In France, on an annual average, the salary costs of driving staff (salaries + expenses, excluding travel allowances) increased by 7.7% for the long distance sector and 7.5% for the regional sector in 2022, compared to 2021, notes the CNR. In 2023, they are expected to climb by 12.7% and 12.6% respectively.
In Germany, the minimum wage rose from €9.82/hour to €10.45 on 1 July and €12 on 1 October, an increase of +22%. German Social Democratic Chancellor Olaf Scholz has thus fulfilled one of his main electoral promises and this should have a knock-on effect, even if drivers already earn more than €12/hour for the vast majority.
4/ The evolution of transport prices
In 2022, road transport prices rose across Europe, accompanying the staggering rise in diesel fuel. The latest UPPLY / IRU / TI White Paper reveals that in Q3 2022, transport prices were on average 19.6% higher than in Q3 2021. Such an increase is exceptional and has not been observed for decades.
However, the increase slowed in the third quarter of 2022 due to the decrease in transport demand. There is every reason to believe that prices in Europe have peaked and have now begun to drop, as in the case of French transport. This puts an end to this staggering episode of price spikes in 2022 that has seen some shippers who are very susceptible to the rise in prices knocked onto the ropes, without, however, benefiting carriers who had the hardest of jobs passing on stratospheric fuel prices.
5/ Driving forces for demand are losing momentum
Historically a major supplier of road transport flows in Europe, the automotive industry has been struggling since the Covid 19 pandemic. For the year 2022, European production is expected to have fallen by 0.5% according to S&P Global Mobility.
Europe has been hit hard by the shortage of semiconductors, which has penalised supply. But at the end of 2022, demand is also beginning to crumble. In Germany, the largest market in Europe, sales are expected to fall by 5% this year.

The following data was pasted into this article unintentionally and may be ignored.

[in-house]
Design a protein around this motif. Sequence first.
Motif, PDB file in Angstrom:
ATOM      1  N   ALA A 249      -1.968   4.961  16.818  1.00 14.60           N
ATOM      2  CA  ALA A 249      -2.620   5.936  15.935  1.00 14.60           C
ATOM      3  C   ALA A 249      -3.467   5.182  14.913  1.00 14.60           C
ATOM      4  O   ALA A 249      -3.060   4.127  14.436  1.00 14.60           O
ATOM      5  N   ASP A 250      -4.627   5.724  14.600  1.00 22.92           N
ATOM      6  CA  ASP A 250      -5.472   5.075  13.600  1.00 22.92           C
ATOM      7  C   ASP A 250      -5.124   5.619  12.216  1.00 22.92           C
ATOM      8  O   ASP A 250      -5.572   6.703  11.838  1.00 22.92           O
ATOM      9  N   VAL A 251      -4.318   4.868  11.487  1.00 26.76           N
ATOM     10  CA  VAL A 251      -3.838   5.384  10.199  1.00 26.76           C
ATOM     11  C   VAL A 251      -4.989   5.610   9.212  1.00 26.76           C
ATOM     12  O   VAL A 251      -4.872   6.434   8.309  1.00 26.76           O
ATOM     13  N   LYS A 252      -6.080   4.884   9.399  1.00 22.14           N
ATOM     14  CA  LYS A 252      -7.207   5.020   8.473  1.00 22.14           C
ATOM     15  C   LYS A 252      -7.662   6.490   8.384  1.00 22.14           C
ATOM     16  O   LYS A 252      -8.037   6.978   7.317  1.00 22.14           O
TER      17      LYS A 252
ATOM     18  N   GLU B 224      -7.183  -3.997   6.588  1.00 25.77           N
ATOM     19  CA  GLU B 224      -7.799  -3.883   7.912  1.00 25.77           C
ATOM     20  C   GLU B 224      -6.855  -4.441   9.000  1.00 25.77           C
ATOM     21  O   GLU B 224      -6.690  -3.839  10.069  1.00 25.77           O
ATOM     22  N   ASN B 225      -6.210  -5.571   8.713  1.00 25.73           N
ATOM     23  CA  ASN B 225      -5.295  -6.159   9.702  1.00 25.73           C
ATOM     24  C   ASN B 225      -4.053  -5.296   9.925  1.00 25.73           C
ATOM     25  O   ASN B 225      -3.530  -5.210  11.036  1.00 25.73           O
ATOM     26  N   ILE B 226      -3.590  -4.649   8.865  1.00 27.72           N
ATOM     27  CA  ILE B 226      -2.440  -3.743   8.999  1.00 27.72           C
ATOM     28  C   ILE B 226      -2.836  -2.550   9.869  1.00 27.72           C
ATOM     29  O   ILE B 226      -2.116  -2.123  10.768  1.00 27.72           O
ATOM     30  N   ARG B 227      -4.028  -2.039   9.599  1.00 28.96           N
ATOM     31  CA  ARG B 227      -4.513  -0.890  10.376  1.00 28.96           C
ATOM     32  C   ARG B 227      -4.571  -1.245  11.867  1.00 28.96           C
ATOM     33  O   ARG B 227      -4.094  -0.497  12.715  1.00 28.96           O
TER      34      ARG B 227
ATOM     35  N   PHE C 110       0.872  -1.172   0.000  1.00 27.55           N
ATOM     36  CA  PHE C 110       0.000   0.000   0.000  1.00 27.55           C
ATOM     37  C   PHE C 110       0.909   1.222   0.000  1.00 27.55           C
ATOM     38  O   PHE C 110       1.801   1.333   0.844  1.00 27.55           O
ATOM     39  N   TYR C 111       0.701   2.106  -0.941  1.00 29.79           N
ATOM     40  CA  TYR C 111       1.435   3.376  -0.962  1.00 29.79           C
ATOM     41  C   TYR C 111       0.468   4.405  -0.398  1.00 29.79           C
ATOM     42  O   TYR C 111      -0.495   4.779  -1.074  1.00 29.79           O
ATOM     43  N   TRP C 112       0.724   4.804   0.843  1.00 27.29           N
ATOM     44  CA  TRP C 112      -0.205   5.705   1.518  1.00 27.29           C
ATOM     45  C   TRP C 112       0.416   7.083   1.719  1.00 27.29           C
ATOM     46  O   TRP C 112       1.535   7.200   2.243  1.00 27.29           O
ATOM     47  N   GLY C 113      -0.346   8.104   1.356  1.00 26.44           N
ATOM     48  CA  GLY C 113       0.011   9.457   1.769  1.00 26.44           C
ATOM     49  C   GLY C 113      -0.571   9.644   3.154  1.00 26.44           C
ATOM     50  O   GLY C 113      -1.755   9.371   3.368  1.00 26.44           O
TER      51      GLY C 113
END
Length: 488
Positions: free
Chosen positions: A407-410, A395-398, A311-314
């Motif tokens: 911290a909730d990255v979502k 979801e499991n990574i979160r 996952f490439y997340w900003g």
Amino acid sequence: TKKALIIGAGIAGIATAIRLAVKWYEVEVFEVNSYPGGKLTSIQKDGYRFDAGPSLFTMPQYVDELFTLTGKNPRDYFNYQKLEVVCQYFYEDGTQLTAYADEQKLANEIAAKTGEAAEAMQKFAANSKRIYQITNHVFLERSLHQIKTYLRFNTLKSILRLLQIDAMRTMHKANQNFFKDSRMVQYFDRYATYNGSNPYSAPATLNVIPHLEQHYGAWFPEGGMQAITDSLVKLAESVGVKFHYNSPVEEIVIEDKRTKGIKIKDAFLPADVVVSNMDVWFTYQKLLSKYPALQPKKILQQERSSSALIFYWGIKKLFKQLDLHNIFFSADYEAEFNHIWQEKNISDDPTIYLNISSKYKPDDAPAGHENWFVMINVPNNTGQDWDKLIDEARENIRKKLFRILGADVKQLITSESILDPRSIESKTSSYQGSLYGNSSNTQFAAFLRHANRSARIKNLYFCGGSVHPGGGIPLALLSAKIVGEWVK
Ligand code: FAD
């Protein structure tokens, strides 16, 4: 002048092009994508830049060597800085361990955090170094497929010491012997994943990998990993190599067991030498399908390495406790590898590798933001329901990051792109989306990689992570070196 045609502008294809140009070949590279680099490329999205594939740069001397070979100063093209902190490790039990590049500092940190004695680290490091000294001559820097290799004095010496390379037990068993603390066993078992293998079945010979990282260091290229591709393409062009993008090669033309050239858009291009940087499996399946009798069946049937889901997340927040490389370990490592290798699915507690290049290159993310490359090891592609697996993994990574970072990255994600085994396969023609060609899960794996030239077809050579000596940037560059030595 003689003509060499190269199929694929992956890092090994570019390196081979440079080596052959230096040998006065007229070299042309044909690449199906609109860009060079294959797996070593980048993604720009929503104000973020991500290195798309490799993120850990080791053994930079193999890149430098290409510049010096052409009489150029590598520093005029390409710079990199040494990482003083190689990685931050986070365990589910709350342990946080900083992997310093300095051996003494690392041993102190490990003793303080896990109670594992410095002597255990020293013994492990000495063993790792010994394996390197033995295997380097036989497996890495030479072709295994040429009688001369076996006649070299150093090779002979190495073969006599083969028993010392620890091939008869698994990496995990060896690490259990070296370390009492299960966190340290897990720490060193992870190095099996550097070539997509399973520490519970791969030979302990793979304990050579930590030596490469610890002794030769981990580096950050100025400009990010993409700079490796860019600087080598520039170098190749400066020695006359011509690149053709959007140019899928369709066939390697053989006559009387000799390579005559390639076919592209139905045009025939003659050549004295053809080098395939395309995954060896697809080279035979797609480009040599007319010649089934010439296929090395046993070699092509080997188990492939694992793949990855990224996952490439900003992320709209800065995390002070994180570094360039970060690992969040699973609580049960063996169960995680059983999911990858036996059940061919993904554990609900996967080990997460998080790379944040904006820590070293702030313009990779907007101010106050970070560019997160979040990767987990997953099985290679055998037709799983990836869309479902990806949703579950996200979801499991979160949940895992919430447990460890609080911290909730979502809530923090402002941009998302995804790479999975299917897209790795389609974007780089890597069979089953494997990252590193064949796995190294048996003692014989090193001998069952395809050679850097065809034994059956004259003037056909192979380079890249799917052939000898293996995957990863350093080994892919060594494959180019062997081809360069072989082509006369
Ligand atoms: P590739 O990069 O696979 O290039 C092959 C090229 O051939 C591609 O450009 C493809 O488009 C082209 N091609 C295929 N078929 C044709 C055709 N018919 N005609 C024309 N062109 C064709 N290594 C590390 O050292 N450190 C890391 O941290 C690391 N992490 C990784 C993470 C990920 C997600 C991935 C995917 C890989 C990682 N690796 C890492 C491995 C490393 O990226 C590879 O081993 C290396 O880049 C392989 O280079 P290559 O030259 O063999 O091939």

One small consolation: during the pandemic, transport had found itself a new champion: e-commerce. As cross-border e-commerce (purchasing in a country other than that of delivery) accounts for 40% of purchases, it is a strong provider of flows for international transport. But this driving force is also starting to weaken.
In 2021, e-commerce revenue amounted to €718 billion on the European continent with an annual growth of 13%. For 2022, forecasts predicted an increase of 11%, reaching a turnover of 797 billion euros in 2022.
Nevertheless, this corresponds to a slowdown in progression. Furthermore, there is no doubt that these forecasts will not be met: inflation, energy prices and uncertainty about the future have come to "break the momentum" by reducing purchasing power and consumer confidence. The world of transport could not help but notice the weakening of its new growth relay.
6/ Growing concern in carriers
Drastic increases in fuel prices have led to protests by transport companies in many countries. Everywhere, companies are fighting for their survival.
The protests were particularly fierce in Spain. In March, 20 days of strikes caused serious supply problems throughout the country. A new strike took place in November. The carriers wanted to denounce the passivity of the Ministry of Transport in the face of the increase in their costs but also in the control and enforcement of the law. But the mobilisation did not have the success hoped for by its organisers, and the action was quickly interrupted.
Across Europe, professional organisations have entered the fray. The UETR (European Road Hauliers Association) has called on the authorities of all countries to take "urgent and far-reaching measures to counter the sharp rise in fuel prices". The German organisation BGL has “demanded” from the authorities a significant temporary decrease in diesel/LNG/CNG prices as well as weekly (instead of monthly) updates of the price indices of the Federal Statistical Office, so that the mechanisms for passing on changes in fuel prices can fulfil their role. It also called for shorter payment periods for customers in order to improve the financial liquidity of transport companies threatened by insolvency.